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Correlates of HIV, sexually transmitted infections, and associated high-risk behaviors among male clients of female sex workers in Tijuana, Mexico

Patterson, Thomas La,b; Goldenberg, Shirac; Gallardo, Manueld; Lozada, Remediosd; Semple, Shirley Je; Orozovich, Priscie; Abramovitz, Danielae; Strathdee, Steffanie Af

doi: 10.1097/QAD.0b013e32832f08a1
Epidemiology and social

Objectives: To determine sociodemographic and behavioral correlates of HIV infection among male clients of female sex workers (FSWs) in Tijuana.

Methods: Four hundred men aged 18 years or older who had paid or traded for sex with a FSW in Tijuana during the past 4 months were recruited in Tijuana's ‘zone of tolerance,’ where prostitution is practiced openly under a municipal permit system. Efforts were made to balance the sample between residents of the United States (San Diego County) and of Mexico (Tijuana). Participants underwent interviews and testing for HIV, syphilis, gonorrhea, and Chlamydia. Logistic regression identified correlates of HIV infection.

Results: Mean age was 36.6 years. One-quarter had injected drugs within the previous 4 months. Lifetime use of heroin, cocaine, and methamphetamine was 36, 50, and 64%, respectively. Men had frequented FSWs for an average of 11 years, visiting FSWs an average of 26 times last year. In the past 4 months, one-half reported having unprotected sex with a FSW; 46% reported being high fairly or very often when having sex with a FSW. Prevalence of HIV, syphilis, gonorrhea, and Chlamydia was 4, 2, 2.5, and 7.5%; 14.2% were positive for at least one infection. Factors independently associated with HIV infection were living in Mexico, ever using methamphetamine, living alone, and testing positive for syphilis.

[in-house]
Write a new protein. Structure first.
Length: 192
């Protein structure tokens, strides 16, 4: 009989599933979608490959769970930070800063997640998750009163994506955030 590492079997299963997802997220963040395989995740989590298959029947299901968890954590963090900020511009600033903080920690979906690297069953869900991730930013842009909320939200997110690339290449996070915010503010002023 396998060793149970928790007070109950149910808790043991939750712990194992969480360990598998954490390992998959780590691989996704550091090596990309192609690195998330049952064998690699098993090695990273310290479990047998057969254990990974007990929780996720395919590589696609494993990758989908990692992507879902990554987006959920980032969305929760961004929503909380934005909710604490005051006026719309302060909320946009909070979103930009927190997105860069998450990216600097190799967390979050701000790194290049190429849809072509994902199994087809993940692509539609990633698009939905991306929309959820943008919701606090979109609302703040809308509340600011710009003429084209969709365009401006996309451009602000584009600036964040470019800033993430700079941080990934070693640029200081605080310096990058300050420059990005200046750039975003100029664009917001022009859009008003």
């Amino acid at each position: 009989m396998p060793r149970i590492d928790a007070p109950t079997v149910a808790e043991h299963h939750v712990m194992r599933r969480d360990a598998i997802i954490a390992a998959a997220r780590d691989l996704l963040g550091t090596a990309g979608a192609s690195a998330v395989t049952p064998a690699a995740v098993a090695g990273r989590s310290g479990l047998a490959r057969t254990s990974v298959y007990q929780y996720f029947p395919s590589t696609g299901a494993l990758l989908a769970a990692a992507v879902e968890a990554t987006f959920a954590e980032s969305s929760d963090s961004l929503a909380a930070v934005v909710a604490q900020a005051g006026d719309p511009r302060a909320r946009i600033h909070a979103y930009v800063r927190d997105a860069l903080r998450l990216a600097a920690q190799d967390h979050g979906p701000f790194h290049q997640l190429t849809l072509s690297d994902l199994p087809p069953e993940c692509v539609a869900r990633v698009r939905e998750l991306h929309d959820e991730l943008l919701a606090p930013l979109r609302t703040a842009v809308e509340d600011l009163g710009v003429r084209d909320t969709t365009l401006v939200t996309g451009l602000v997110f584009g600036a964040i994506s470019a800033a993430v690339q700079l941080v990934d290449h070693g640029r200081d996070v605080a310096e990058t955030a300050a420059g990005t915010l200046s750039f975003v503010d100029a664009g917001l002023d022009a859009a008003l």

Conclusion: Male clients of FSWs in Tijuana had a high sex and drug risk profile. Although sexually transmitted infection prevalence was lower than among FSWs, HIV prevalence was comparable suggesting the need for interventions among clients to prevent spread of HIV and sexually transmitted infections.

aDepartment of Psychiatry, University of California, USA

bMental Illness Research, Education, and Clinical Care Program (MIRECC), San Diego Veterans Administration Healthcare System, USA

cJoint Doctoral Program in Public Health, San Diego State University and University of California, San Diego, California, USA

dPatronato Pro-COMUSIDA, Tijuana, Mexico

eDepartment of Psychiatry, USA

fDivision of Global Public Health, Department of Medicine, University of California, San Diego, La Jolla, California, USA.

Received 8 May, 2009

Revised 3 June, 2009

Accepted 4 June, 2009

Correspondence to Professor Thomas L. Patterson, PhD, Department of Psychiatry, University of California, 9500 Gilman Drive, La Jolla, CA 92093-0680, USA. Tel: +1 858 534 3354; fax: +1 858 534 7723; e-mail:

© 2009 Lippincott Williams & Wilkins, Inc.